Reporting Dr. Maria Simbra
PITTSBURGH (KDKA) – Instead of completely opening up your rib cage for a heart operation, what would you say about a smaller incision and letting a snake do it?
Less pain and less scarring may be the case someday as a result of the work of scientists at Carnegie Mellon University.
“You’d make a small incision below the rib cage, and this robot would snake itself up behind the heart,” Dr. Stephen Tully with the CMU Robotics Institute said.
To help people, the robotics experts at CMU are recreating the unique way snakes move.
“So what you’re actually looking at is 16 individual modules. Each module except for the tail and the head is exactly identical,” Matt Travers said. “Each individual module has its own motor, it has its own control board, it has its own break board in there.”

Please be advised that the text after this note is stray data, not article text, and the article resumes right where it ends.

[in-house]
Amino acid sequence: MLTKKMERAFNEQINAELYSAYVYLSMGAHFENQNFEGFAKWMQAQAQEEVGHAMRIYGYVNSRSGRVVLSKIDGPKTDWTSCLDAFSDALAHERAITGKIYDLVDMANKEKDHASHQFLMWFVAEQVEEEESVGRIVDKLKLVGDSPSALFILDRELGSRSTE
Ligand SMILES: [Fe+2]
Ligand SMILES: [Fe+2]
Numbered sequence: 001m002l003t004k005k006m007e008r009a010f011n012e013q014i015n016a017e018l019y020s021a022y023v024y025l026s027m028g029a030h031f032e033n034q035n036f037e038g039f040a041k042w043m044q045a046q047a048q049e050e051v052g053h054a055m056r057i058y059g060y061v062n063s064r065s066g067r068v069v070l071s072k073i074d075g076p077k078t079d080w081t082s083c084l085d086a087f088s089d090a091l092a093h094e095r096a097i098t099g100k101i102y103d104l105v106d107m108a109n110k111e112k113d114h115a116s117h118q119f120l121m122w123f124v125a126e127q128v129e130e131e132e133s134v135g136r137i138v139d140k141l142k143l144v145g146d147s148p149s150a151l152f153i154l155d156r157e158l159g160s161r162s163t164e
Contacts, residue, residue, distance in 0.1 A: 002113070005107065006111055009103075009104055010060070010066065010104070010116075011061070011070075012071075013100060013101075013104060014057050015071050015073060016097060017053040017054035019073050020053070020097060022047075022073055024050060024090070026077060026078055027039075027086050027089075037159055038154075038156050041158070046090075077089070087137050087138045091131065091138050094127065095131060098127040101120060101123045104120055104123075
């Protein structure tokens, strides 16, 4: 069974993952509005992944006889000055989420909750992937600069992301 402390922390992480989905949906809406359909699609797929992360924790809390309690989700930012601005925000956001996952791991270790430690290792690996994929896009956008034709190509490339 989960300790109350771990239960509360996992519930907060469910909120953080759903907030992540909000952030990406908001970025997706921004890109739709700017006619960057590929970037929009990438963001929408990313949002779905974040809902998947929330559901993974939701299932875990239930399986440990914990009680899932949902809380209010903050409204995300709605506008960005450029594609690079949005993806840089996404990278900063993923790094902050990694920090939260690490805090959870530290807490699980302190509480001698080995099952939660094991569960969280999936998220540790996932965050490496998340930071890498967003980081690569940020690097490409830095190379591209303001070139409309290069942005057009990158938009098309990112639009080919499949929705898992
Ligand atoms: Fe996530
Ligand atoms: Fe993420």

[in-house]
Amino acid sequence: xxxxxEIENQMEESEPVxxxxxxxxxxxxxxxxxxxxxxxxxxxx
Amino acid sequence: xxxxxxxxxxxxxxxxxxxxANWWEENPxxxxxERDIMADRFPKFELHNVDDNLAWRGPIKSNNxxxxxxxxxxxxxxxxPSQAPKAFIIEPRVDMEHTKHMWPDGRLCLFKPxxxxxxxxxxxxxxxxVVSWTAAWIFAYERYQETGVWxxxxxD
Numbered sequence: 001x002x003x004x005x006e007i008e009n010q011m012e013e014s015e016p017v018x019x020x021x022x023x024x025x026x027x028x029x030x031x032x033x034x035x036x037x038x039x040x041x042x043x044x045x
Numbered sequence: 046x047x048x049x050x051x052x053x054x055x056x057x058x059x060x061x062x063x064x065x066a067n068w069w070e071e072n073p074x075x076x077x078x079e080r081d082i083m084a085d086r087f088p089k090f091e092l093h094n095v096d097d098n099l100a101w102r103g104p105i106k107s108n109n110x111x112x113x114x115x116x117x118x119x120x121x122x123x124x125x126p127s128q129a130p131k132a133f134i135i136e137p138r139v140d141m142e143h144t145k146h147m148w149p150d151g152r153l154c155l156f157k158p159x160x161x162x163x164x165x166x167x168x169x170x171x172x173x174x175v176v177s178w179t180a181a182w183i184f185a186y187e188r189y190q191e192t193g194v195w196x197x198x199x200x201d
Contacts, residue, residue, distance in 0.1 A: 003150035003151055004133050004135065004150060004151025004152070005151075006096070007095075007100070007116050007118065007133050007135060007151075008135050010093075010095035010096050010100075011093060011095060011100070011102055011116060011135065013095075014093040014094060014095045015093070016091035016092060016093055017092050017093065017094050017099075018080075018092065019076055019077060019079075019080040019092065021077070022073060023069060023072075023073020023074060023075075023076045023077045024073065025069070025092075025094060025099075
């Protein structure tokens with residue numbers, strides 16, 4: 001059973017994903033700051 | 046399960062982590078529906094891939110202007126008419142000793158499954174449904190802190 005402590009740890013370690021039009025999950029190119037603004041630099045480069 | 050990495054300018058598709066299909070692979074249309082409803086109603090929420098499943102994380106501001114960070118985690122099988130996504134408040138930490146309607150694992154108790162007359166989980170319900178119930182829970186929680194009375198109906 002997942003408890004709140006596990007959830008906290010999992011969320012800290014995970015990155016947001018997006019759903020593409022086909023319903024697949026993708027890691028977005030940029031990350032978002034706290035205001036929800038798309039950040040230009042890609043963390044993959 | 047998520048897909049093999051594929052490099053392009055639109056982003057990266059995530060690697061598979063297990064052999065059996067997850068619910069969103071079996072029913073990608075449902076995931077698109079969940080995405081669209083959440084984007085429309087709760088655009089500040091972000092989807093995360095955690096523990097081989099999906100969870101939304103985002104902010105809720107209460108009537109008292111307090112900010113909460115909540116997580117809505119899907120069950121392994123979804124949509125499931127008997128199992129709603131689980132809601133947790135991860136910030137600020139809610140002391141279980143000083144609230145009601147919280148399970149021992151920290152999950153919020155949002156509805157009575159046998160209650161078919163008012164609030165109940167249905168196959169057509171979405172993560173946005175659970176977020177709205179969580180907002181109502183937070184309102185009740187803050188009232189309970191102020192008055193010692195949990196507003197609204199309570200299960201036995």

It looks almost as simple as a video game and the controller even resembles one you would use with a Playstation. However, getting 16 components to move together requires some sophisticated computerized manipulation.
The technology could be used during surgery to correct abnormal heart rhythms coming from the surface of the heart.
It started as a search and rescue project.
“Snake robots can extend the reach of rescue workers and get into collapsed buildings and locate victims more quickly, and might I add, more safely,” Dr. Howie Choset from the CMU Robotics Institute said.
Then it evolved because of Pittsburgh’s exceptional science and biotechnology resources.
So far, 30 procedures have been done with the snake robot in animal trials.
Three humans have had a procedure to plot the electrical activity around the outside of the heart.
The device is currently going through the FDA review process.
Other clinical applications in the works include procedures for the voice box and the pancreas.